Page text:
The Code also specifies that landlords should, where appropriate, seek to waive recovery of any other expense payable by a tenant during any period where the tenant is not able to trade and that landlords reserve the right to reduce services as required.

In what circumstances can a landlord evict a tenant?

FOR ANY REASON ALLOWED UNDER A LEASE, OTHER THAN NON-PAYMENT OF RENT

The Code specifies that landlords must not terminate leases due to non-payment of rent during the COVID-19 pandemic period (and the reasonable subsequent recovery period discussed above). This includes non-payment of any re-negotiated rent.

The Code also specifies that tenants must remain committed to the terms of their lease, subject to any amendments negotiated under the Code, and any material failure to abide by substantive terms of a lease will forfeit any protections provided to the tenant under the Code. This means that landlords can still terminate leases for a breach (other than non-payment of rent), provided it is a material breach of a substantive term. It will therefore be important to overlay these concepts of 'material' and 'substantive' over the existing default and termination provisions in the relevant lease, when considering whether to take steps to terminate the lease.

While the Code prevents the landlord from drawing on security for non-payment of rent, there is no restriction on drawing on security for other breaches of the lease by the tenant.

Are tenants entitled to a lease extension?

YES

The Code specifies that a tenant should be provided with an opportunity to extend its lease for an equivalent period of the rent waiver and/or deferral period. Given the uncertainty regarding how long the rent waiver and/or deferral period will last (and requirements in retail leases legislation), parties will need to be careful how they structure these arrangements.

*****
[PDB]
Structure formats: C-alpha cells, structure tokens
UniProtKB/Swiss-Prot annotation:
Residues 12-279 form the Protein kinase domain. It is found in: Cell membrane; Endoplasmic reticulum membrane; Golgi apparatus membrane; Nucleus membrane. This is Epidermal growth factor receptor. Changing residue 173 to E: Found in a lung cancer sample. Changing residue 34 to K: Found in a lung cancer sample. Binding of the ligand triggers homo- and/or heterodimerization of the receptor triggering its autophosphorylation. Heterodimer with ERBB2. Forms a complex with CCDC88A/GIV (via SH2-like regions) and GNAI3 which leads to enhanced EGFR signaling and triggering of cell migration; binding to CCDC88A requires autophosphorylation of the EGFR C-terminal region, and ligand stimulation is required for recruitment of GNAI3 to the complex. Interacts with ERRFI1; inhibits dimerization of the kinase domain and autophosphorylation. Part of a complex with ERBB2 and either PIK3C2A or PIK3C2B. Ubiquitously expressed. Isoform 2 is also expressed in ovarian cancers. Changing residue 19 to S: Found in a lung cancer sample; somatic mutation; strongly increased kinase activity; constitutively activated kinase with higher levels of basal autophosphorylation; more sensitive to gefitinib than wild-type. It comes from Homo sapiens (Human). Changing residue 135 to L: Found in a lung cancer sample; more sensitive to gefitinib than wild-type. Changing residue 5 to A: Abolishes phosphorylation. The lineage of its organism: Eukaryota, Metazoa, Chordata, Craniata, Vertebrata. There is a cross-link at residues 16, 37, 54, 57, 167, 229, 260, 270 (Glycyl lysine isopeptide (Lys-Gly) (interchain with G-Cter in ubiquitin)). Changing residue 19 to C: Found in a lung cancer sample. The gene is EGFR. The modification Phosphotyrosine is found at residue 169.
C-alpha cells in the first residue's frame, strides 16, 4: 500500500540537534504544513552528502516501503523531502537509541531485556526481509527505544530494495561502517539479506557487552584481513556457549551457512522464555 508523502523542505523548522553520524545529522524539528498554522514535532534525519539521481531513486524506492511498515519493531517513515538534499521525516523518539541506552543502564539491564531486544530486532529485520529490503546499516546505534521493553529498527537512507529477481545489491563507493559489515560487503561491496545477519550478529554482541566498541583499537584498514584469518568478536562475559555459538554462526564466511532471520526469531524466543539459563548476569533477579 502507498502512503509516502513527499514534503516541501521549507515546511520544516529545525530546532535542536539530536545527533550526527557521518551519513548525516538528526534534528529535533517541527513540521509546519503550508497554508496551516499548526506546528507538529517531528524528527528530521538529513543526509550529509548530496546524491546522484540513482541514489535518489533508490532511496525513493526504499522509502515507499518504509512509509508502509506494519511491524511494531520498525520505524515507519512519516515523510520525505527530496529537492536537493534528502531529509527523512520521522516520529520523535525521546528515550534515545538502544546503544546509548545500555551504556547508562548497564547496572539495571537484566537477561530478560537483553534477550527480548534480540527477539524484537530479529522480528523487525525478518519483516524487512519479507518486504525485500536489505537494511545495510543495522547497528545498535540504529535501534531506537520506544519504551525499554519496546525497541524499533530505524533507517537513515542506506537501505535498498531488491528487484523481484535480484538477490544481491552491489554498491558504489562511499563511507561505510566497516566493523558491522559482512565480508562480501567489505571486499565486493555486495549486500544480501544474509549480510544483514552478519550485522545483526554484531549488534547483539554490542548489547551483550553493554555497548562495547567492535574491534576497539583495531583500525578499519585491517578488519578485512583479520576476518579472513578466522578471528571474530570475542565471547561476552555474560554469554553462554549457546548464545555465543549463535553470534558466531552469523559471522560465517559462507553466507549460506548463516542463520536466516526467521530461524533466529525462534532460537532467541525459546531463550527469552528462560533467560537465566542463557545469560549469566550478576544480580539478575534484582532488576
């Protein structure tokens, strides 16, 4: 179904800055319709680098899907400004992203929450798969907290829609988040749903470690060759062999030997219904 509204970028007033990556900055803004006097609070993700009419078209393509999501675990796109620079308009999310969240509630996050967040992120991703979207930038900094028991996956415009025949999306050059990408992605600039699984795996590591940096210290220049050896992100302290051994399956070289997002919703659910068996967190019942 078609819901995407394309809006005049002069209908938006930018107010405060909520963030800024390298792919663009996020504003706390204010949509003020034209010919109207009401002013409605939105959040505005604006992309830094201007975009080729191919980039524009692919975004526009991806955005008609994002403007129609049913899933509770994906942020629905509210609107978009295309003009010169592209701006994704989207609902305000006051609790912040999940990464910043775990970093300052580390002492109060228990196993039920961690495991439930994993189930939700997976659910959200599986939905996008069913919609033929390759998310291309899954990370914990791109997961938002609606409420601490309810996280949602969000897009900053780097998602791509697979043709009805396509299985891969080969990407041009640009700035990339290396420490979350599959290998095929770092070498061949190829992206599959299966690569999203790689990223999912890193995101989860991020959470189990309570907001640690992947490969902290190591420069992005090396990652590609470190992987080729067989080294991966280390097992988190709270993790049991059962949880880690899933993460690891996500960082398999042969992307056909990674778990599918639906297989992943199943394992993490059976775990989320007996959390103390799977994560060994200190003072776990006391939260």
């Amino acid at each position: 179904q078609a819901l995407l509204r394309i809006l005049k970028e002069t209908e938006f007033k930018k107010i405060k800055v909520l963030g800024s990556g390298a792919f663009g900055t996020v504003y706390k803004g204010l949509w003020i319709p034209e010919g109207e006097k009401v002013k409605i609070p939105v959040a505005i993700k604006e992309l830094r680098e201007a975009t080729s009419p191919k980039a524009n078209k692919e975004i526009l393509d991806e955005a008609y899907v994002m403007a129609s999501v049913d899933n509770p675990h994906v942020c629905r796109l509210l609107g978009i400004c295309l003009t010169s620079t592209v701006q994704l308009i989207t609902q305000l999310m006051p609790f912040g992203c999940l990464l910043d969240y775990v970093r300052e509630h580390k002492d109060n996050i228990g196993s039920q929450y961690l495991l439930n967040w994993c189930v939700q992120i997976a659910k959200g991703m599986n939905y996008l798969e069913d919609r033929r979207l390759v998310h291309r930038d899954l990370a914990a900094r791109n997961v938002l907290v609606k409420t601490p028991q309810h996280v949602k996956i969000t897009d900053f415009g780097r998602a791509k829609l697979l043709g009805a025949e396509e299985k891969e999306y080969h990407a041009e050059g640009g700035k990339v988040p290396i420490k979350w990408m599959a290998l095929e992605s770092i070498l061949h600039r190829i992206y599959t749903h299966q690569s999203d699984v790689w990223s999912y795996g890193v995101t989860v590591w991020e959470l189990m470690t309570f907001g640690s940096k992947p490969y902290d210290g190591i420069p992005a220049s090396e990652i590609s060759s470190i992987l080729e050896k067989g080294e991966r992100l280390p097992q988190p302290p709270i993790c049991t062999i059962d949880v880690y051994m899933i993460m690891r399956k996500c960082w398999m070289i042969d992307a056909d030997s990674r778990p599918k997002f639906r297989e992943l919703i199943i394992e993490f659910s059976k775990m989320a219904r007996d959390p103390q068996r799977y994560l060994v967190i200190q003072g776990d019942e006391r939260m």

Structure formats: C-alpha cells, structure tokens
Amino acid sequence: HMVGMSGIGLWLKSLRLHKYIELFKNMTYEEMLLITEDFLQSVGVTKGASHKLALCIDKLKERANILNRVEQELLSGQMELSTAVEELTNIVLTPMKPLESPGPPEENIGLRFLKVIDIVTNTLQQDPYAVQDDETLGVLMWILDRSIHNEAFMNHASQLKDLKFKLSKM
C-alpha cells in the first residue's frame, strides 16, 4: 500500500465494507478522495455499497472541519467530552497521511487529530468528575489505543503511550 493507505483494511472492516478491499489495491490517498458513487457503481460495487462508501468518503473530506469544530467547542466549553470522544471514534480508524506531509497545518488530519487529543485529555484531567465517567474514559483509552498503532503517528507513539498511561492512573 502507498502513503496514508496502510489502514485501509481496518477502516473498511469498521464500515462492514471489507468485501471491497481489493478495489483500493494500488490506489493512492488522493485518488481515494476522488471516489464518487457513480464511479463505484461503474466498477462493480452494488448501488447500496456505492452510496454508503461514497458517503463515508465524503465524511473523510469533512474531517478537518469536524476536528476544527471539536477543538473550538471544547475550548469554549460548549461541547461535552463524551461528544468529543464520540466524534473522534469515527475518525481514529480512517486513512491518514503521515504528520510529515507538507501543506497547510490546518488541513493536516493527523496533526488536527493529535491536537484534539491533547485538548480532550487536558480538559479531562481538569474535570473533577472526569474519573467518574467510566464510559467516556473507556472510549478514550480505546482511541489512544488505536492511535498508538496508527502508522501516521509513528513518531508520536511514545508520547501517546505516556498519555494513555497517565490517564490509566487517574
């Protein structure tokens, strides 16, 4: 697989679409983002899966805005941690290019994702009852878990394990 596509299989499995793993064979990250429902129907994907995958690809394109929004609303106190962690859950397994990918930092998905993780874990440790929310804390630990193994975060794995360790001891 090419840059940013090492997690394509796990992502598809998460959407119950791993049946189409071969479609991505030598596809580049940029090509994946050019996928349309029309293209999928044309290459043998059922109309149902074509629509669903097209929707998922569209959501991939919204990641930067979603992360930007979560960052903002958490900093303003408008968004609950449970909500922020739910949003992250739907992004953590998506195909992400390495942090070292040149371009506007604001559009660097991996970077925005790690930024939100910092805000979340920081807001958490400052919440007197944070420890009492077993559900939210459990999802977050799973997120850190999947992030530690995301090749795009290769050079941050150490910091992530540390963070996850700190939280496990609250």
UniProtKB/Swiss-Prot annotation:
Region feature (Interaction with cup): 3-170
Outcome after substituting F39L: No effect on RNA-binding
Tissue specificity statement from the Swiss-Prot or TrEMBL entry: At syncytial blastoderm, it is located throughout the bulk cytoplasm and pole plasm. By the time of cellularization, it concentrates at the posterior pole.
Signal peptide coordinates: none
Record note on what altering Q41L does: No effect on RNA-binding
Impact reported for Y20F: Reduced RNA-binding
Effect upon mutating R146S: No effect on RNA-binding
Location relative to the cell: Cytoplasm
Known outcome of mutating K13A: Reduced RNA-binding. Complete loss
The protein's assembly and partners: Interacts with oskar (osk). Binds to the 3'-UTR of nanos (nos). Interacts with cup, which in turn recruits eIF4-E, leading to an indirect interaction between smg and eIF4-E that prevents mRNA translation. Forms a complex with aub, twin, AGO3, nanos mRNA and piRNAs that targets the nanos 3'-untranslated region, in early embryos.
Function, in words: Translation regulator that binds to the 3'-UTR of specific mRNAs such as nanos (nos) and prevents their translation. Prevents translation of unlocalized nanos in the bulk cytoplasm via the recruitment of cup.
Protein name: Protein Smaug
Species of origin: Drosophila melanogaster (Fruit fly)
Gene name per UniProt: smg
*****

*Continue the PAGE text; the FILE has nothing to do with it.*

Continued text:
Is there an obligation on landlords to revisit the arrangements?

IT IS UNCLEAR

The Code requires the reductions in rent to be linked to a tenant's fall in revenue and, given that revenue is likely to change over time, the likelihood is that any fixed arrangement would need to be revisited, if revenue falls further or improves.

The need to revisit agreed arrangements may be avoided by structuring them so that the quantum of rent relief is calculated on a rolling basis that takes into account the tenant's actual revenue at any given time.

Does the rent freeze prohibit rent reviews?

YES AND NO

The Code specifies that landlords agree to a freeze on rent increases (except for retail leases based on turnover rent) for the duration of the COVID-19 pandemic and a reasonable subsequent recovery period.

There is no equivalent freeze on rent reductions, which may be the outcome of market rent reviews that fall during the operation of the Code. To avoid this, landlords may seek to agree to defer all rent reviews, including market reviews, until application of the Code ends.

What happens to COVID-19 arrangements already entered into?

IT DEPENDS

Following the advice of Prime Minister Scott Morrison on 29 March, many parties have already entered into rent relief arrangements. If the terms of the arrangements comply with the Code, those arrangements may remain on foot. However, if the arrangements do not comply with the Code, the parties will need to enter into new compliant arrangements.

There is, however, a push from the Property Council of Australia for the state and territory governments to recognise arrangements that have already been put in place.

Is the state or territory legislation likely to clarify any of these issues?

IT IS UNCLEAR

To quote the Code itself, 'the Code has been developed to enable both a consistent national approach and timely, efficient application'.

It is currently unclear whether the states and territories will pass legislation that has the effect of simply giving the Code legislative effect (ie adopting the Code as is), or whether they will seek to clarify through legislation some of the uncertainties created by the Code.